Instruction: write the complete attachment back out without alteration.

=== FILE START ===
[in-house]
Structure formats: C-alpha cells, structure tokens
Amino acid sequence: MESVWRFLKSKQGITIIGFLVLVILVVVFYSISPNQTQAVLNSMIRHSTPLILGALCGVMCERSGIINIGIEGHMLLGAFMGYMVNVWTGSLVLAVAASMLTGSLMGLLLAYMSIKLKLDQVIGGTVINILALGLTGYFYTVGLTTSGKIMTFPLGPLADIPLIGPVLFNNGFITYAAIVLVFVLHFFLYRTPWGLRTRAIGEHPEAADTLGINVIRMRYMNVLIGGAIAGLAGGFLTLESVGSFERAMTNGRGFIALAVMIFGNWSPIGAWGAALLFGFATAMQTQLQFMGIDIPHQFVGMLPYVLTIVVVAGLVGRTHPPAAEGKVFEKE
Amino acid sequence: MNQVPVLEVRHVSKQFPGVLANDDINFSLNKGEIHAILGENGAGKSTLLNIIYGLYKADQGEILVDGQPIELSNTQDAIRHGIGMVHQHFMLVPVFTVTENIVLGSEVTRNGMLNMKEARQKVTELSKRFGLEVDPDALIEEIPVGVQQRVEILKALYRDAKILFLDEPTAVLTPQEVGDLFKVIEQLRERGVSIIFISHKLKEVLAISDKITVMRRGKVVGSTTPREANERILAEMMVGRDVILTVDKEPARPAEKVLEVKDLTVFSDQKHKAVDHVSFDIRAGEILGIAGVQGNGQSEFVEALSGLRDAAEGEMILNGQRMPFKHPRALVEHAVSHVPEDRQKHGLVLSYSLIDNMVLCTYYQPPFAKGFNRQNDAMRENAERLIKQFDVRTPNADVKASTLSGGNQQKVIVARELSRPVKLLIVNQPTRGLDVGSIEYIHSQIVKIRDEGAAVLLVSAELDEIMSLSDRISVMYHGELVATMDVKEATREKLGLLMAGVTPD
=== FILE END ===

[in-house]
Structure formats: C-alpha cells, structure tokens
Amino acid sequence: MESVWRFLKSKQGITIIGFLVLVILVVVFYSISPNQTQAVLNSMIRHSTPLILGALCGVMCERSGIINIGIEGHMLLGAFMGYMVNVWTGSLVLAVAASMLTGSLMGLLLAYMSIKLKLDQVIGGTVINILALGLTGYFYTVGLTTSGKIMTFPLGPLADIPLIGPVLFNNGFITYAAIVLVFVLHFFLYRTPWGLRTRAIGEHPEAADTLGINVIRMRYMNVLIGGAIAGLAGGFLTLESVGSFERAMTNGRGFIALAVMIFGNWSPIGAWGAALLFGFATAMQTQLQFMGIDIPHQFVGMLPYVLTIVVVAGLVGRTHPPAAEGKVFEKE
Amino acid sequence: MNQVPVLEVRHVSKQFPGVLANDDINFSLNKGEIHAILGENGAGKSTLLNIIYGLYKADQGEILVDGQPIELSNTQDAIRHGIGMVHQHFMLVPVFTVTENIVLGSEVTRNGMLNMKEARQKVTELSKRFGLEVDPDALIEEIPVGVQQRVEILKALYRDAKILFLDEPTAVLTPQEVGDLFKVIEQLRERGVSIIFISHKLKEVLAISDKITVMRRGKVVGSTTPREANERILAEMMVGRDVILTVDKEPARPAEKVLEVKDLTVFSDQKHKAVDHVSFDIRAGEILGIAGVQGNGQSEFVEALSGLRDAAEGEMILNGQRMPFKHPRALVEHAVSHVPEDRQKHGLVLSYSLIDNMVLCTYYQPPFAKGFNRQNDAMRENAERLIKQFDVRTPNADVKASTLSGGNQQKVIVARELSRPVKLLIVNQPTRGLDVGSIEYIHSQIVKIRDEGAAVLLVSAELDEIMSLSDRISVMYHGELVATMDVKEATREKLGLLMAGVTPD